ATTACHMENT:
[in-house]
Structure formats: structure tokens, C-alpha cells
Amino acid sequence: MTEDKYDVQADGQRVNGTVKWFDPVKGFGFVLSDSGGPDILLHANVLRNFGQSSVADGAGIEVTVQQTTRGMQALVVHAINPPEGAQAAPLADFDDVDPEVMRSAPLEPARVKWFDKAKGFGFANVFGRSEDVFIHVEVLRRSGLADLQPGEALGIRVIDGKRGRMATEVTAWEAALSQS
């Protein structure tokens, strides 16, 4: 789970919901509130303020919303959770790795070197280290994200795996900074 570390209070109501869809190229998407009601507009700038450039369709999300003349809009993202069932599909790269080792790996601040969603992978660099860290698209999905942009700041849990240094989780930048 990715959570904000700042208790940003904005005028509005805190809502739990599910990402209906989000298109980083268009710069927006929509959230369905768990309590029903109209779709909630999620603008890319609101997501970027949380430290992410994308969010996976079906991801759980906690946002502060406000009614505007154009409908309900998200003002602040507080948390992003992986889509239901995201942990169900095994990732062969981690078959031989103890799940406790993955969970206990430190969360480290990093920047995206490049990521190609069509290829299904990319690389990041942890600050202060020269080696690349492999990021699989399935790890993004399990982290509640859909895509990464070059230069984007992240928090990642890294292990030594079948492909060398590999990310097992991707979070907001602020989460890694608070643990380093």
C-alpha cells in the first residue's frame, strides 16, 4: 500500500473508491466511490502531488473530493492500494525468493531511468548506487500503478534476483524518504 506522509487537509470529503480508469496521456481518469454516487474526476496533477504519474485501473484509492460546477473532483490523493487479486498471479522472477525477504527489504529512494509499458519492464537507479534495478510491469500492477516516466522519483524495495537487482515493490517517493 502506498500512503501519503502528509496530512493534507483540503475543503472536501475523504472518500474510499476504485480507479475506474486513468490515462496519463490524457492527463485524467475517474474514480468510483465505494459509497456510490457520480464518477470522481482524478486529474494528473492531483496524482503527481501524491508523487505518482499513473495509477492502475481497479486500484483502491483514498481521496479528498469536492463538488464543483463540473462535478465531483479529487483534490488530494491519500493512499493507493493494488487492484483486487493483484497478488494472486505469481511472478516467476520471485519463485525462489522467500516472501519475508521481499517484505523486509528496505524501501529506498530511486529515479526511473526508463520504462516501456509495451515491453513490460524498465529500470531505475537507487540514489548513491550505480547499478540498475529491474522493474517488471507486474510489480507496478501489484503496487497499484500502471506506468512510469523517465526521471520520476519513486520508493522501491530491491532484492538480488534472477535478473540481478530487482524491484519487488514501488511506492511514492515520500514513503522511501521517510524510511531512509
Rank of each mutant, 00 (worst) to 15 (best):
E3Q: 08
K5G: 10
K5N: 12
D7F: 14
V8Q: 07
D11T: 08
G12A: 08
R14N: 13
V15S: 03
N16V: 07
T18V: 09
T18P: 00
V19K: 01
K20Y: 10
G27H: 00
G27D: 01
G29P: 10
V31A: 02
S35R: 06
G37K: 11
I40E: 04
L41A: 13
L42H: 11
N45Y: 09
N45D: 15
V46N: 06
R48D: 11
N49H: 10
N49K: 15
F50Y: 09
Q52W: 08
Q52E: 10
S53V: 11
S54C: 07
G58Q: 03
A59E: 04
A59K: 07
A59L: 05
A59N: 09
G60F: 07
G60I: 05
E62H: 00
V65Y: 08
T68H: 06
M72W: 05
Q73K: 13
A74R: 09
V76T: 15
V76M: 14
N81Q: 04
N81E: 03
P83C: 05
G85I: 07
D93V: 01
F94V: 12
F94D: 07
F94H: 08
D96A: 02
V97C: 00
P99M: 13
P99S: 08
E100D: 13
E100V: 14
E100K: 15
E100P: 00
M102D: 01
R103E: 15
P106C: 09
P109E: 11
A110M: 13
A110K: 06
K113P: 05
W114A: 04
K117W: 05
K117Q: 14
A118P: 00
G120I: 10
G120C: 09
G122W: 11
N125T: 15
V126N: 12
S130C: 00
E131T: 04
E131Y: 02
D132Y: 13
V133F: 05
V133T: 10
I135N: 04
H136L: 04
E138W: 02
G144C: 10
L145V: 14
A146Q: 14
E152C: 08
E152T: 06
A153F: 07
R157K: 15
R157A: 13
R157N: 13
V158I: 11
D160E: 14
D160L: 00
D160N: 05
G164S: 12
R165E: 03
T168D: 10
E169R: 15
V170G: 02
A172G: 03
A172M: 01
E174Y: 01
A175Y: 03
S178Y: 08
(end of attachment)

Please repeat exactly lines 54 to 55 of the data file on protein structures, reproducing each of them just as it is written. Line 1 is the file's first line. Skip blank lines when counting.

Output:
V76T: 15
V76M: 14